Miscarriage Is A Bond Of Pain That Is Born Across All Gender Identities

by Hazel Pickett
jason-cunningham / iStock

Though my road to parenthood may be rare, the grief I’ve suffered along the way has been felt universally. Last year, I suffered a miscarriage.

The pregnancy was not planned. No, in fact, it was the furthest possibility from my mind. Artificial testosterone flooded my veins in an effort to transform my “female” body into a “male” one, rendering it more difficult to ovulate.

If my stubborn ovaries did decide to release an unwanted egg, non-hormonal birth control was my insurance against it. The notion of a baby within my womb was so absurd, I had not known I was pregnant until I lost the baby. (It was later confirmed by my endocrinologist.)

I was so confused as I sat in my shower in an attempt to wash away the carnage dripping down my thighs. I didn’t know how to feel.

I had only been married for a month. I still hadn’t finished with my studies. A promotion loomed over my head, just out of reach. It would have been terrible timing for sure, but was that child unloved? For a while, I couldn’t answer that question.

I tried not to think with maternal instinct or heart. I drained my emotions, allowing only my brain to analyze the event.

It was a clump of cells, I told myself. It wasn’t even a baby yet. It felt no pain. It probably had a chromosomal defect.

For about a month, apathy born from my logic saved me from any pain. Then, the shock wore off. The agony came in strong, tsunami-sized waves. In low tide, I could rationalize and function. When it came crashing back in, I was swept into a sea of so many emotions, only to drown.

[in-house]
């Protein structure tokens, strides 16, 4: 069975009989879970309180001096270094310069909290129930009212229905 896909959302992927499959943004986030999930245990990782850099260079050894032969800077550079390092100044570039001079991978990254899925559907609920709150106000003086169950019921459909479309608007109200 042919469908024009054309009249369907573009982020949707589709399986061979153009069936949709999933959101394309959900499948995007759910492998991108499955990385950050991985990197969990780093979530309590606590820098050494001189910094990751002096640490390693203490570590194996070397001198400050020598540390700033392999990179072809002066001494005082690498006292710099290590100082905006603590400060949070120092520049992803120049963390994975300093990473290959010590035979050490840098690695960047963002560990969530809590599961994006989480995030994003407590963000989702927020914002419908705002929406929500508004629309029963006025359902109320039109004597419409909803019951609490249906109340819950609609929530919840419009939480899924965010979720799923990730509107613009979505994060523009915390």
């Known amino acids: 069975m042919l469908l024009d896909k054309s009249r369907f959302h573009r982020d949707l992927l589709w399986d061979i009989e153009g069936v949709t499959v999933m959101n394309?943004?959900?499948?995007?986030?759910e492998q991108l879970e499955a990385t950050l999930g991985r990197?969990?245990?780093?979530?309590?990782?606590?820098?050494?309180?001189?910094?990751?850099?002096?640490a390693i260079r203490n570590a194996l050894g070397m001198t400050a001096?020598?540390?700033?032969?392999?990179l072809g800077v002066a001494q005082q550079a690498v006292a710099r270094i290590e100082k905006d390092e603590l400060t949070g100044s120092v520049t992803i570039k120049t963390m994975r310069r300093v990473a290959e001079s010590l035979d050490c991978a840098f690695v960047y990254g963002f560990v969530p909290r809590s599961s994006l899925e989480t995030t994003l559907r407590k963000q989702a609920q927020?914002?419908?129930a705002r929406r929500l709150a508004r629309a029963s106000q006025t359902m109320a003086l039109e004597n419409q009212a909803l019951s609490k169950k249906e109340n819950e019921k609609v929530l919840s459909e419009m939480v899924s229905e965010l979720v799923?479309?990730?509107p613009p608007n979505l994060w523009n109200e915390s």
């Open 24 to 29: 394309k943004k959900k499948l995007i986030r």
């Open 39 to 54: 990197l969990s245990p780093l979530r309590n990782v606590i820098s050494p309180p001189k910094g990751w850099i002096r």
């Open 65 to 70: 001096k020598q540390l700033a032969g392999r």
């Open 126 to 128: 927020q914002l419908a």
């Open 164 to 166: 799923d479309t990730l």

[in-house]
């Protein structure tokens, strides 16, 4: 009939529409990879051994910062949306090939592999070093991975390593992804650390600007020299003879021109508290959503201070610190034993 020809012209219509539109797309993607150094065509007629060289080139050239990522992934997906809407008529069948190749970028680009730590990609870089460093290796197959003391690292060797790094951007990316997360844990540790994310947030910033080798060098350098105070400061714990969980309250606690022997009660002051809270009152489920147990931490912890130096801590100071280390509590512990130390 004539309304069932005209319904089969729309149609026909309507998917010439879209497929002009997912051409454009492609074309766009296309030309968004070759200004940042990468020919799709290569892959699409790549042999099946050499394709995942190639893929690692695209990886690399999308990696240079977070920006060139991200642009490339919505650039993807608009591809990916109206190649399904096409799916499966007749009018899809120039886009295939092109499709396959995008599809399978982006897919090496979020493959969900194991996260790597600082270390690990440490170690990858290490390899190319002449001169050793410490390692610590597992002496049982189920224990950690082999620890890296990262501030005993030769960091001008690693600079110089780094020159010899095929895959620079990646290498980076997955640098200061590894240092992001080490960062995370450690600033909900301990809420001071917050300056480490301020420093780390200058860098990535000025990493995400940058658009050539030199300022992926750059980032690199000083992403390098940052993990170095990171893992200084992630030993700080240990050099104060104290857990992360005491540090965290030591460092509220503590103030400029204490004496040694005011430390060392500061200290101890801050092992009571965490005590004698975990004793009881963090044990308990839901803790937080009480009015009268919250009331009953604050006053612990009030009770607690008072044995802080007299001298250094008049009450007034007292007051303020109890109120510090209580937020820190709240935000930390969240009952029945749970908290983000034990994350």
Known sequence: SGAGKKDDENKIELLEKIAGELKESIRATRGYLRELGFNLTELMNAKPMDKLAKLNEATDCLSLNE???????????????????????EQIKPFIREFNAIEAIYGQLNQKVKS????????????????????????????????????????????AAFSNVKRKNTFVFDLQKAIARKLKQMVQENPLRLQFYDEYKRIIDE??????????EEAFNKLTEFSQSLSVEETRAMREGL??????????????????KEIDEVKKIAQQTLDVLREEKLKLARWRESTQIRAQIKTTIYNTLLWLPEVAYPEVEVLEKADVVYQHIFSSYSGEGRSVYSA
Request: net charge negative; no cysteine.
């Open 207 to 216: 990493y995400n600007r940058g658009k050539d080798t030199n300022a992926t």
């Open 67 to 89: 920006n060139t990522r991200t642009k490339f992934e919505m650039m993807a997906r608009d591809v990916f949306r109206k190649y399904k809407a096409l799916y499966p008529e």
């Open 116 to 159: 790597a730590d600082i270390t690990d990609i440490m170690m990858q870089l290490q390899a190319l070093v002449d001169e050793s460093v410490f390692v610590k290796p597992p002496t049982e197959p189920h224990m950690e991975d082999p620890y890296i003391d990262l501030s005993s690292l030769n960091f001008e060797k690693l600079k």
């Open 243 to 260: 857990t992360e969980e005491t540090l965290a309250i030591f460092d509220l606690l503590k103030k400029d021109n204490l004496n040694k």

I was sad. Who would have that child been?

I was scared. Would I be able to have a child in the future?

I was angry. Why me?

I was guilt-ridden. I did this to the baby I was waiting for, didn’t I?

Though most trans men attempt to avoid the feminine art of pregnancy, I always wanted to be a parent. As a gay man, I knew what that entailed. I was just waiting for the right time.

In the meantime, I fantasized about diapers, strollers and an unconditional love I so desperately wanted to give.

With concrete confirmation that a life had been lost, these previously hazy imaginings became all too crystal clear. I had to admit to myself that I lost my baby. I lost the stroller. I lost the diapers. I lost their future.

This admission, however, came with the hope of finally healing, rather than ignoring the festering wound in my soul. I could finally let my tears flow — and so many of them did for so long. Perception of masculinity be damned! Men are allowed to grieve too.

Even now, 27 weeks pregnant with our planned child, I think of the baby I lost. I still weep from time to time, even though it is my personal belief that my son is the same one I lost, returned to me after I was ready for him. I just don’t know for sure; my faith has never been the steadiest, but the notion offers me a comfort I need.

Despite that comfort, I will never be over the loss. In fact, I’m so terrified of it happening again, of losing my precious Luke, it keeps me up at night. I share this fear with so many mothers and fathers.

It is a bond of pain that is born across all gender identities, connecting us in an understanding I wish we didn’t have.

Through this process, I found a community of love and acceptance, because it didn’t matter how I identified.

I was the same as every parent who has felt a loss. I count every kick, every roll, every flutter to ease my mind, just as all parents of losses do. Each moment of life is a blessing felt between us all.